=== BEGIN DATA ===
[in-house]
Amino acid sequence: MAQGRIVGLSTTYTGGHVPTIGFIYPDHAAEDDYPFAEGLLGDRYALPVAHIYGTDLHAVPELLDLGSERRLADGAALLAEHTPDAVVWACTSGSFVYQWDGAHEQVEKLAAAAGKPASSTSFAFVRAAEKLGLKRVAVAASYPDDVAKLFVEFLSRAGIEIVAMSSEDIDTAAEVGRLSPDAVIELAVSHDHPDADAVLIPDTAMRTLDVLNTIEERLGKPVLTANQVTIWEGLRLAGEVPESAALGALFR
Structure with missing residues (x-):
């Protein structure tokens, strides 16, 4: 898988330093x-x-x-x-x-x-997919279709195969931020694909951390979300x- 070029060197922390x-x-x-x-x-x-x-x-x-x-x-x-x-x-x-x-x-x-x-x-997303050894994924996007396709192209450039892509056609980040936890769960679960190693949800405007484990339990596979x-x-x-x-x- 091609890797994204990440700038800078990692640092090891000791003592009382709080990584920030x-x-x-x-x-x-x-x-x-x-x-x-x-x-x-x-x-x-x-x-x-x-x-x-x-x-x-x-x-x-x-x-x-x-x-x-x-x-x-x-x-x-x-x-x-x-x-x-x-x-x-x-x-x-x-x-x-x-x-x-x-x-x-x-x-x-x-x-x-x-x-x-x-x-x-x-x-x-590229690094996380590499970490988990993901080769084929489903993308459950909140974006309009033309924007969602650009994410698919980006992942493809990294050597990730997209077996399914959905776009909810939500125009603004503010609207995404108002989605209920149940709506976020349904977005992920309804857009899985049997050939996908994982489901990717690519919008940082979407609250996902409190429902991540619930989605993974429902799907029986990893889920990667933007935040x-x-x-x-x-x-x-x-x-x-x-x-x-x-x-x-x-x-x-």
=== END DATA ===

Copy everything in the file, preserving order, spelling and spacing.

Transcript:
[in-house]
Amino acid sequence: MAQGRIVGLSTTYTGGHVPTIGFIYPDHAAEDDYPFAEGLLGDRYALPVAHIYGTDLHAVPELLDLGSERRLADGAALLAEHTPDAVVWACTSGSFVYQWDGAHEQVEKLAAAAGKPASSTSFAFVRAAEKLGLKRVAVAASYPDDVAKLFVEFLSRAGIEIVAMSSEDIDTAAEVGRLSPDAVIELAVSHDHPDADAVLIPDTAMRTLDVLNTIEERLGKPVLTANQVTIWEGLRLAGEVPESAALGALFR
Structure with missing residues (x-):
């Protein structure tokens, strides 16, 4: 898988330093x-x-x-x-x-x-997919279709195969931020694909951390979300x- 070029060197922390x-x-x-x-x-x-x-x-x-x-x-x-x-x-x-x-x-x-x-x-997303050894994924996007396709192209450039892509056609980040936890769960679960190693949800405007484990339990596979x-x-x-x-x- 091609890797994204990440700038800078990692640092090891000791003592009382709080990584920030x-x-x-x-x-x-x-x-x-x-x-x-x-x-x-x-x-x-x-x-x-x-x-x-x-x-x-x-x-x-x-x-x-x-x-x-x-x-x-x-x-x-x-x-x-x-x-x-x-x-x-x-x-x-x-x-x-x-x-x-x-x-x-x-x-x-x-x-x-x-x-x-x-x-x-x-x-x-590229690094996380590499970490988990993901080769084929489903993308459950909140974006309009033309924007969602650009994410698919980006992942493809990294050597990730997209077996399914959905776009909810939500125009603004503010609207995404108002989605209920149940709506976020349904977005992920309804857009899985049997050939996908994982489901990717690519919008940082979407609250996902409190429902991540619930989605993974429902799907029986990893889920990667933007935040x-x-x-x-x-x-x-x-x-x-x-x-x-x-x-x-x-x-x-």